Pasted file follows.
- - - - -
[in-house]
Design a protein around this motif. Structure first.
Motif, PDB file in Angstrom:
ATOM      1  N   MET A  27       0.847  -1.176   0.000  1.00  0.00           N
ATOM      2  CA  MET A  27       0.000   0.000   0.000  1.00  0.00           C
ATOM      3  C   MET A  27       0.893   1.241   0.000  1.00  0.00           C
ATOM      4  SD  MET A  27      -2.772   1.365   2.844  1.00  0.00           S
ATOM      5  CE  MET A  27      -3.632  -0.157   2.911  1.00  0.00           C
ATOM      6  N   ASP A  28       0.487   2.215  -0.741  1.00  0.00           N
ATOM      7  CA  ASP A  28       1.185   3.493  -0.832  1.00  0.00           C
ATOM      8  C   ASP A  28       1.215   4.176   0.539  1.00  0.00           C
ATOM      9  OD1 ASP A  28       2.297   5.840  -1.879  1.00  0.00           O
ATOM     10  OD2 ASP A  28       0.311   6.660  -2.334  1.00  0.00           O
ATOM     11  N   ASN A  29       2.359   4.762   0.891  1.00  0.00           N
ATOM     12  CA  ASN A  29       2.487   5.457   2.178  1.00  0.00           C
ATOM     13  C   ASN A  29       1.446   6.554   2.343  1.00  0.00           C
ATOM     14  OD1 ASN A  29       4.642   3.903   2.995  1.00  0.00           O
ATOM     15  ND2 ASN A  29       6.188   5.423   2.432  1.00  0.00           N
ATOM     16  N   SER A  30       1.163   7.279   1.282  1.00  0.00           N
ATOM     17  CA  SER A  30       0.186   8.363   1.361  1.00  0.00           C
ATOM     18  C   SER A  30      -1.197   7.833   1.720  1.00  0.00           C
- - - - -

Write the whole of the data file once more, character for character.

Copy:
[in-house]
Design a protein around this motif. Structure first.
Motif, PDB file in Angstrom:
ATOM      1  N   MET A  27       0.847  -1.176   0.000  1.00  0.00           N
ATOM      2  CA  MET A  27       0.000   0.000   0.000  1.00  0.00           C
ATOM      3  C   MET A  27       0.893   1.241   0.000  1.00  0.00           C
ATOM      4  SD  MET A  27      -2.772   1.365   2.844  1.00  0.00           S
ATOM      5  CE  MET A  27      -3.632  -0.157   2.911  1.00  0.00           C
ATOM      6  N   ASP A  28       0.487   2.215  -0.741  1.00  0.00           N
ATOM      7  CA  ASP A  28       1.185   3.493  -0.832  1.00  0.00           C
ATOM      8  C   ASP A  28       1.215   4.176   0.539  1.00  0.00           C
ATOM      9  OD1 ASP A  28       2.297   5.840  -1.879  1.00  0.00           O
ATOM     10  OD2 ASP A  28       0.311   6.660  -2.334  1.00  0.00           O
ATOM     11  N   ASN A  29       2.359   4.762   0.891  1.00  0.00           N
ATOM     12  CA  ASN A  29       2.487   5.457   2.178  1.00  0.00           C
ATOM     13  C   ASN A  29       1.446   6.554   2.343  1.00  0.00           C
ATOM     14  OD1 ASN A  29       4.642   3.903   2.995  1.00  0.00           O
ATOM     15  ND2 ASN A  29       6.188   5.423   2.432  1.00  0.00           N
ATOM     16  N   SER A  30       1.163   7.279   1.282  1.00  0.00           N
ATOM     17  CA  SER A  30       0.186   8.363   1.361  1.00  0.00           C
ATOM     18  C   SER A  30      -1.197   7.833   1.720  1.00  0.00           C